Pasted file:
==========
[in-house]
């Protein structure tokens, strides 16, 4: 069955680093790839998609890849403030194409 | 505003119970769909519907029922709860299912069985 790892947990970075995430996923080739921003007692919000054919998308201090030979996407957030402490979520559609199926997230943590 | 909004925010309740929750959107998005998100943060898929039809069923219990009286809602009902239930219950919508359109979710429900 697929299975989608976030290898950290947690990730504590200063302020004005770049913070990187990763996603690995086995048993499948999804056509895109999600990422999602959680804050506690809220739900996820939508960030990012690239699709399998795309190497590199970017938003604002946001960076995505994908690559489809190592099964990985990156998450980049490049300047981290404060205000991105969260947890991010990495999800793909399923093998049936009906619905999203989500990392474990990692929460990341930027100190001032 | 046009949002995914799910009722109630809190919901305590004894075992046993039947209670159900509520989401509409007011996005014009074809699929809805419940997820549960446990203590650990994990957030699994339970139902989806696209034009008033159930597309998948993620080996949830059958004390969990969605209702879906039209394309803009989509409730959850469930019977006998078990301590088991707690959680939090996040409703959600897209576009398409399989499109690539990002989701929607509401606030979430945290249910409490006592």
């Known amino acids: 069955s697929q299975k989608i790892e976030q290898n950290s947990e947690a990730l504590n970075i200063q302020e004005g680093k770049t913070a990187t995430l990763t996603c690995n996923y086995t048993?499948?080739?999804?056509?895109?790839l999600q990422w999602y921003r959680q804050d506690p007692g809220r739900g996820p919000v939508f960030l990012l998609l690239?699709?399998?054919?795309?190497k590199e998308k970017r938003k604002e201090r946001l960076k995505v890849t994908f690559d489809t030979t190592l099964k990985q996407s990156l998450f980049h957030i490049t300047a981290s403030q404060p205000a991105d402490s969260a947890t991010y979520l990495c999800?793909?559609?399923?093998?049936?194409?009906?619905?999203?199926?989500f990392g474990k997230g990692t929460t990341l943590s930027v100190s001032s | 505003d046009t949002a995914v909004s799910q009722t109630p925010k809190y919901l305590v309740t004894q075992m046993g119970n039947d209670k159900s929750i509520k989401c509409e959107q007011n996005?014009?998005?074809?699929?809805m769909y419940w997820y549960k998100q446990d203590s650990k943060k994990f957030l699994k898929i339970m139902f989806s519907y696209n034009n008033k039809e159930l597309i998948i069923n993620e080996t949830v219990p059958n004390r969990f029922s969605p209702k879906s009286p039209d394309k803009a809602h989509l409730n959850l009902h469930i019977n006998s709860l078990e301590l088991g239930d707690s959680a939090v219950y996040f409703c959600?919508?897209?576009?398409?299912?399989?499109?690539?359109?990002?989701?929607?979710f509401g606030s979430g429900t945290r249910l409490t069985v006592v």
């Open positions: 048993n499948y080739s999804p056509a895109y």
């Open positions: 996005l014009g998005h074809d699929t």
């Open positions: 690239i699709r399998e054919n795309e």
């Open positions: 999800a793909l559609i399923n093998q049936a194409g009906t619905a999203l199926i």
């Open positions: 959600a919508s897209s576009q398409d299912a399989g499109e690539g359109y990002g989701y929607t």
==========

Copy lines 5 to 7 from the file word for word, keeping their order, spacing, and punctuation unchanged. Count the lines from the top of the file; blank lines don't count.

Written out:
């Open positions: 996005l014009g998005h074809d699929t």
């Open positions: 690239i699709r399998e054919n795309e």
């Open positions: 999800a793909l559609i399923n093998q049936a194409g009906t619905a999203l199926i």